Kindred Spirits: Do you remember when Fore Street was restored for Queen’s visit to Ipswich in 1961?

Crowds in Fore Street, Ipswich, for the Queens 1961 visit. The buildings in the left foreground oppo

Crowds in Fore Street, Ipswich, for the Queens 1961 visit. The buildings in the left foreground opposite Grimwade Street have been replaced by flats. Do you recognise anybody in the picture?

The Queen’s arrival in Ipswich in 1961 marked the first official visit by a reigning monarch for four centuries.

The walls and gate of this yard in Fore Street provided a vantage point as the Queen passed, July 19

The walls and gate of this yard in Fore Street provided a vantage point as the Queen passed, July 1961. This is were Star Lane now crosses Fore Street. The buildings in the background are still there today.

Her route was to take in Fore Street, which for centuries was the main road linking the town centre with the east side of Ipswich, but before it was ready to welcome a Royal guest the road needed a makeover.

Here we feature some photos of the visit and now we are calling on you to share any images, or memories, you may have.

The Ipswich Society is planning an exhibition about the restoration and royal visit in October and would like to feature and contributions you may have.

Robin Gayland wrote: “On Friday, July 21, 1961, Her Majesty Queen Elizabeth II visited Ipswich to open the newly-built Civic College which stood off Grimwade Street to the east of the town. It was almost exactly 400 years since Queen Elizabeth I had made a similar progress through Suffolk and it was the first official visit of a British sovereign to the county since that time.


Were you one of the children who watched the Queen pass the Fore Street filling station in 1961? Wr

Were you one of the children who watched the Queen pass the Fore Street filling station in 1961? Write to Kindred Spirits, Ipswich Star, 30 Lower Brook Street, Ipswich IP4 1AN or e-mail info@kindred-spirit.co.uk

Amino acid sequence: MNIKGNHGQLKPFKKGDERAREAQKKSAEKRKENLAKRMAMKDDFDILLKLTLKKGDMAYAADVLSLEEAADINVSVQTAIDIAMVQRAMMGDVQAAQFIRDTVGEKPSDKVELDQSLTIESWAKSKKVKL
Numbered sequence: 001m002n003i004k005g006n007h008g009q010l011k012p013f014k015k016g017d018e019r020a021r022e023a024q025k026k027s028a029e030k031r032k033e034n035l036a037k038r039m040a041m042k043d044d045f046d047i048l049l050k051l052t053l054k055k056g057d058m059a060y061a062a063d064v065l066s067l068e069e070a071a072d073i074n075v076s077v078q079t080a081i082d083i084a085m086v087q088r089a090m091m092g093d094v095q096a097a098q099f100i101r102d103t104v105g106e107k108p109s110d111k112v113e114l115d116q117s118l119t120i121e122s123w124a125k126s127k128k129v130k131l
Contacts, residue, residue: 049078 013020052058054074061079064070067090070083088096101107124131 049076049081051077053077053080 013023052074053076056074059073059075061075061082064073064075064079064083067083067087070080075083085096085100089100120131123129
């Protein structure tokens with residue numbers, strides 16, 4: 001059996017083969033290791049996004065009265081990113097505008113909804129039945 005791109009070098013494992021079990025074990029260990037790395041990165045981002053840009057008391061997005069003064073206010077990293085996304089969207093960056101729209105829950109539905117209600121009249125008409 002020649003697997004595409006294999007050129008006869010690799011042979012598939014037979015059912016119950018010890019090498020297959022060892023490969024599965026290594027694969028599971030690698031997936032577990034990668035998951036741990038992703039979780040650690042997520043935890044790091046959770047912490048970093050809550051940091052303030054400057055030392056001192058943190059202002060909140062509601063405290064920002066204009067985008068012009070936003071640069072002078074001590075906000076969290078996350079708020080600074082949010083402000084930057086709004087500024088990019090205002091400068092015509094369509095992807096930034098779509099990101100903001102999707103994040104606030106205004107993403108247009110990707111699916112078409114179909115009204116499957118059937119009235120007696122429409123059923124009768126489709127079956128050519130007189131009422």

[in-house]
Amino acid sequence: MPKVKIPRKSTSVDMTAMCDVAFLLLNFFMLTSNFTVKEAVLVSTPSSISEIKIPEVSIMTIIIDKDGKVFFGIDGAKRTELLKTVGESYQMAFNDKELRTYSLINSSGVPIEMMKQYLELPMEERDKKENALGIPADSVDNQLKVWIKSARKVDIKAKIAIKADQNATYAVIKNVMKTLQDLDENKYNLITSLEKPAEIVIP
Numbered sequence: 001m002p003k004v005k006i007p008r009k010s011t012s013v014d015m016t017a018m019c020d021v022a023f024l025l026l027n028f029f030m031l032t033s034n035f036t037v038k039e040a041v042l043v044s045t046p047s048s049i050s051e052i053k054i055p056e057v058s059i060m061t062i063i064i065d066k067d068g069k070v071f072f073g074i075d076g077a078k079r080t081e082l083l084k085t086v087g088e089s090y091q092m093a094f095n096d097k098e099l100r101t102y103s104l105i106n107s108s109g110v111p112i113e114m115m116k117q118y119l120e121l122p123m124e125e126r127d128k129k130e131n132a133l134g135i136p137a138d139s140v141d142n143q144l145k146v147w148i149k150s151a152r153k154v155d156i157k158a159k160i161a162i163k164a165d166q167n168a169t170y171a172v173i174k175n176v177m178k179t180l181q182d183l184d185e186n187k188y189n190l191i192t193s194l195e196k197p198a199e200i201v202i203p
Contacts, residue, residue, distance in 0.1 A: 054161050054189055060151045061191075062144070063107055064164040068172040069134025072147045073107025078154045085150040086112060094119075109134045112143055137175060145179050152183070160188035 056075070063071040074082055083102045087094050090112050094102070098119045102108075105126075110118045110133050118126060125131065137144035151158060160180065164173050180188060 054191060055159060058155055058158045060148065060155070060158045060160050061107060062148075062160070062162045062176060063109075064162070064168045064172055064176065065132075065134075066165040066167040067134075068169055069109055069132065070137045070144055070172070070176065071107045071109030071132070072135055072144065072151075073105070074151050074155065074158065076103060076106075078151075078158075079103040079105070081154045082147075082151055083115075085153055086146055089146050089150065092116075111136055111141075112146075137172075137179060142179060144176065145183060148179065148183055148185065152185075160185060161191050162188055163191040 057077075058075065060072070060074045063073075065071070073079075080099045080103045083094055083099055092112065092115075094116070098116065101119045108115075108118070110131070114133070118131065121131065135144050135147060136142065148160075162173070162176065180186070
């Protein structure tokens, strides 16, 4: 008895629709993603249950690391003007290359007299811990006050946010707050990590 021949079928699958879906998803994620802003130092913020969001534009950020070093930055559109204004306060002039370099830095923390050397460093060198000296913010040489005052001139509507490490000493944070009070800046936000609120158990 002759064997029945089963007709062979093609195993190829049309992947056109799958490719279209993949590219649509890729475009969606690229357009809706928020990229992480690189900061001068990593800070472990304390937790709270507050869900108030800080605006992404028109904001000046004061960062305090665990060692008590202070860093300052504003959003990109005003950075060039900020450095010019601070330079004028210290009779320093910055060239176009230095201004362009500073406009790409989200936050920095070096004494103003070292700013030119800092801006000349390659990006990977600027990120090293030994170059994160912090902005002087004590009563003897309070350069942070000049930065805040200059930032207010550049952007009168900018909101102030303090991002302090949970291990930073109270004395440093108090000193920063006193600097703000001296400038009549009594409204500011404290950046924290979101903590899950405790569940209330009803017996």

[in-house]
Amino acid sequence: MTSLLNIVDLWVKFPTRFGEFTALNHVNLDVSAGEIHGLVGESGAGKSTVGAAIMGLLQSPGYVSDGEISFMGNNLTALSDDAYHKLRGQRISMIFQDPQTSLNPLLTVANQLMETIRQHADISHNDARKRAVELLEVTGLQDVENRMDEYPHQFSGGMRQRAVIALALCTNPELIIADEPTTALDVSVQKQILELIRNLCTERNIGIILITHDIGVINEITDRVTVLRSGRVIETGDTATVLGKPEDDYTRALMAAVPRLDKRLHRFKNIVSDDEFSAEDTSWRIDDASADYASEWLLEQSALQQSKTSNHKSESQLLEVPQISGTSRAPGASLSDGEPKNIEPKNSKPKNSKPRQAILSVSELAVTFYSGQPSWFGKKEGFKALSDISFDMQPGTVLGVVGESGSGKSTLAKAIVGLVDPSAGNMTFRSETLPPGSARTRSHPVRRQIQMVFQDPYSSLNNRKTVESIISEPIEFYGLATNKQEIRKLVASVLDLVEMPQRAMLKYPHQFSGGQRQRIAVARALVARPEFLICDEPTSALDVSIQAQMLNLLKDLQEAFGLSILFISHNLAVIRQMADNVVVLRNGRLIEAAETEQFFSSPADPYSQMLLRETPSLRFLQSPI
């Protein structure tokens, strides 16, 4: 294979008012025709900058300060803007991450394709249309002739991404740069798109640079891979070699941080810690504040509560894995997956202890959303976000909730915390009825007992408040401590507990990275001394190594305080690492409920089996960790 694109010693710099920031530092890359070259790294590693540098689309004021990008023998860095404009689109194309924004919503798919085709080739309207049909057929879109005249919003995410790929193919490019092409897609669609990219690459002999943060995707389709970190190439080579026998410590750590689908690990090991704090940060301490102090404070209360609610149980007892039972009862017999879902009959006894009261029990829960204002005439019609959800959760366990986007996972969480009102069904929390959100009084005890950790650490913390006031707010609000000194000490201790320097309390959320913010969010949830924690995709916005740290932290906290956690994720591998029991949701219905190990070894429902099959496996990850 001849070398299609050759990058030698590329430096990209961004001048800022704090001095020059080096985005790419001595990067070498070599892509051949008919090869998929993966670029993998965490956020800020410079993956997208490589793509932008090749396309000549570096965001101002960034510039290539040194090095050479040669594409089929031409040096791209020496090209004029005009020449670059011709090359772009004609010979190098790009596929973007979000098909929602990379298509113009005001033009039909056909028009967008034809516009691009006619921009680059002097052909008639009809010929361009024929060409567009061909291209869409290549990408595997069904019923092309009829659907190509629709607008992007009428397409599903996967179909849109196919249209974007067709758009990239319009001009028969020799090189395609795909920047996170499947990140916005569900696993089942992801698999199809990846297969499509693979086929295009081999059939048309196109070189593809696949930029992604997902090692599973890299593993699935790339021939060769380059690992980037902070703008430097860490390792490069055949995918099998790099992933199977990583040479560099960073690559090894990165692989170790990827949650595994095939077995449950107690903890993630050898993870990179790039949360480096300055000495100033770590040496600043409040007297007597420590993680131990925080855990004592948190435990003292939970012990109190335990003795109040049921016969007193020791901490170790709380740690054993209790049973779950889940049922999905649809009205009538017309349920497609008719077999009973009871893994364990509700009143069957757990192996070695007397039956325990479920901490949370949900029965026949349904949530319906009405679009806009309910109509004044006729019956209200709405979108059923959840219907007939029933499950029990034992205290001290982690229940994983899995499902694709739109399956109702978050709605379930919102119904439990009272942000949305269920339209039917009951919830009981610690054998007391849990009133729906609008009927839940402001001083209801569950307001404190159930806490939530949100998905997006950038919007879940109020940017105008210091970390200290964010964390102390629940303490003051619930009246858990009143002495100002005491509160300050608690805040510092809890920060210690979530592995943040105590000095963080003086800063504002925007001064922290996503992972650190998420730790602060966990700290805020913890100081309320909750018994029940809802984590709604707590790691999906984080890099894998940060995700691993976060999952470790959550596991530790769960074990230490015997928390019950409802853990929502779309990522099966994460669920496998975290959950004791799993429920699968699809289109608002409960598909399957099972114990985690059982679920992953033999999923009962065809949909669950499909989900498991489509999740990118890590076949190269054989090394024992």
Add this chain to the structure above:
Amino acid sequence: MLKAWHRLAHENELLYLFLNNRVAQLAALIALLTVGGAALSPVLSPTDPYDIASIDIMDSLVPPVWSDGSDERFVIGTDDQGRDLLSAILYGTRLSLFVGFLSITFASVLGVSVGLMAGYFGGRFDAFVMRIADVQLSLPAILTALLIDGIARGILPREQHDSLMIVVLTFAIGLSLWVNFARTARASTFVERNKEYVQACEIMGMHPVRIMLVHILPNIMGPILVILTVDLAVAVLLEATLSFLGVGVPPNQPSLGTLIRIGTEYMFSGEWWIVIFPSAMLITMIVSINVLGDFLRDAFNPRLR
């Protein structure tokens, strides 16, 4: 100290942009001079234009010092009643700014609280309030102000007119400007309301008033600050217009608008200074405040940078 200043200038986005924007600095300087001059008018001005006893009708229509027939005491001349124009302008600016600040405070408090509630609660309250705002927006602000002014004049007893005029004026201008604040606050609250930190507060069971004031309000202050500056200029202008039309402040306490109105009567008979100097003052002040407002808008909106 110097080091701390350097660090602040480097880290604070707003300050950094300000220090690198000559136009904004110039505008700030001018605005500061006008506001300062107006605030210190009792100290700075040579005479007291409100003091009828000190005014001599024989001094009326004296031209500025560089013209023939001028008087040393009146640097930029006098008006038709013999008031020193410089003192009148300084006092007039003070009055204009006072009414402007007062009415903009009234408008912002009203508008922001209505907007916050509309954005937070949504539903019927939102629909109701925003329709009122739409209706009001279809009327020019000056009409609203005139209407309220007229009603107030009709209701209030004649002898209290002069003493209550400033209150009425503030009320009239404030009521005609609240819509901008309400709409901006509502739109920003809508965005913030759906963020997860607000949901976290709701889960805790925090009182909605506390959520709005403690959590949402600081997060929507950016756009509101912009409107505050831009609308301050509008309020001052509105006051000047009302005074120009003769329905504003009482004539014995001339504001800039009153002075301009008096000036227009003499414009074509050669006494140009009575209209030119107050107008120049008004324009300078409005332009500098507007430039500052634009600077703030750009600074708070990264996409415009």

“The 1960s heralded a new era of hope and prosperity, with technological advances and a shift in global politics. In 1961, four years after prime minister Harold Macmillan’s “The British people have never had it so good” statement, the country was thriving. Post-war austerity was beginning to ease, modernist buildings were seen rising from bomb sites and slum-clearance areas, just as the Civic College did.

“Following the opening ceremony at the Civic College, Her Majesty’s motorcade was to travel along almost the whole length of Fore Street, one of the ancient thoroughfares of the town linking the docks with the eastern parts of the town centre. It became clear that the general condition of the buildings in the street, many of which were of historical interest and value, was dirty and in a neglected state of repair. Fore Street itself was a major route for heavy traffic which added to the problem.

Most Read

“In February 1961 an improvement scheme was inspired by The Ipswich Society, itself barely a year old, at a meeting with the occupiers of Fore Street. The idea was taken up with considerable enthusiasm and a committee was elected to carry it into effect.

“A co-ordinating architect, Birkin Haward, was appointed and asked to empanel the necessary number of young architects to draw up proposals. This he did with great enthusiasm, believing that here was much of architectural value springing from 16th and 17th century origins and connected with the maritime trade of that period and since.

The Queen as she arrived to open the Civic College building in July 1961.

The Queen as she arrived to open the Civic College building in July 1961.

“The Ipswich Society is staging an exhibition, ‘The Fore Street Facelift 1961’, running from 2 to 16 October 2015 at the UCS Waterfront building, Ipswich, Suffolk.

“The exhibition will show original architect drawings, colour schemes and material surrounding that historic day in July 1961. It will also cover the historical importance of Fore Street when the centre of the town was around the northern quays of the dock and to childhood memories of the street in 1920, when it was a major shopping area. Given its close links to the maritime activities on the dock, it is unsurprising that Fore Street boasted many public houses and alehouses as well as pawn shops and other less salubrious premises.

“A remarkable amount of work was achieved in a short space of time and an Ipswich Society-sponsored short film records the whole project and will be shown as part of the exhibition.”

• In September the Queen becomes the longest-serving monarch in British history, overtaking Queen Victoria, and to commemorate this, we are planning to feature the Queen’s local visits during her reign since 1952 in a special publication.

If you have any photographs or memories, email the editor todaySee more from Kindred Spirits here